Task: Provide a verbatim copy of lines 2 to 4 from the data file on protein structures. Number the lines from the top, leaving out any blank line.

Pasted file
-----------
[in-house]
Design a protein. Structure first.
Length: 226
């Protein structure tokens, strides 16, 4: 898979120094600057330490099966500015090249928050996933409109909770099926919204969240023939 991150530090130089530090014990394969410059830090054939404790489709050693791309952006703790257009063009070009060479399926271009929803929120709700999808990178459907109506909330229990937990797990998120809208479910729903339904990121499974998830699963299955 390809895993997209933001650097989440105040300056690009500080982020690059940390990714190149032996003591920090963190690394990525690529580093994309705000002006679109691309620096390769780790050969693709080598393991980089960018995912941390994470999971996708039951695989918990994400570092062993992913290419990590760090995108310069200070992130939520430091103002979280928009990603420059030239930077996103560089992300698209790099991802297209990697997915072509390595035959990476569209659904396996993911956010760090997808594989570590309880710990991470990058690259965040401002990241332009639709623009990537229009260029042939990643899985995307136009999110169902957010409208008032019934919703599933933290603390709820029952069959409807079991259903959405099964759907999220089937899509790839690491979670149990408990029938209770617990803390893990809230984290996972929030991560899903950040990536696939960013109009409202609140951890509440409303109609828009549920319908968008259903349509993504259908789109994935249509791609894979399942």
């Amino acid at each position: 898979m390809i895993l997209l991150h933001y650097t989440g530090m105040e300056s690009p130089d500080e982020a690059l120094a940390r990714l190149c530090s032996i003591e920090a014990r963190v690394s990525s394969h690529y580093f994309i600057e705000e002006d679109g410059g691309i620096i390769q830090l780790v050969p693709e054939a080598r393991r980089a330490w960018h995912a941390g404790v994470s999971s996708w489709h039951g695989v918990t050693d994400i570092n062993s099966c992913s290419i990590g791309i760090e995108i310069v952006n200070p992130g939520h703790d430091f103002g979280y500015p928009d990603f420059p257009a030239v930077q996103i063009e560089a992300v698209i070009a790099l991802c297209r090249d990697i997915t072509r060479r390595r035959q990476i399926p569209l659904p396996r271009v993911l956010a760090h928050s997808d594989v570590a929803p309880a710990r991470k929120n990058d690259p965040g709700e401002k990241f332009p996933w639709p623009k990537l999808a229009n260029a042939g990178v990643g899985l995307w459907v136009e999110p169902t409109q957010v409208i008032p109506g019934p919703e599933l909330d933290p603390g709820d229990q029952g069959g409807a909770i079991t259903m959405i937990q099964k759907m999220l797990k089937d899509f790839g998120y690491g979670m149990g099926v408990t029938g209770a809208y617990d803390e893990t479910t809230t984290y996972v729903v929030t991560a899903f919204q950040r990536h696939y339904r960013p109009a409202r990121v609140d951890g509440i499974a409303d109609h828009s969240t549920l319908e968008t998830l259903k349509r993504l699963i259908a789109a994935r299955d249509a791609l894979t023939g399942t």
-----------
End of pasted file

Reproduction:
Design a protein. Structure first.
Length: 226
């Protein structure tokens, strides 16, 4: 898979120094600057330490099966500015090249928050996933409109909770099926919204969240023939 991150530090130089530090014990394969410059830090054939404790489709050693791309952006703790257009063009070009060479399926271009929803929120709700999808990178459907109506909330229990937990797990998120809208479910729903339904990121499974998830699963299955 390809895993997209933001650097989440105040300056690009500080982020690059940390990714190149032996003591920090963190690394990525690529580093994309705000002006679109691309620096390769780790050969693709080598393991980089960018995912941390994470999971996708039951695989918990994400570092062993992913290419990590760090995108310069200070992130939520430091103002979280928009990603420059030239930077996103560089992300698209790099991802297209990697997915072509390595035959990476569209659904396996993911956010760090997808594989570590309880710990991470990058690259965040401002990241332009639709623009990537229009260029042939990643899985995307136009999110169902957010409208008032019934919703599933933290603390709820029952069959409807079991259903959405099964759907999220089937899509790839690491979670149990408990029938209770617990803390893990809230984290996972929030991560899903950040990536696939960013109009409202609140951890509440409303109609828009549920319908968008259903349509993504259908789109994935249509791609894979399942």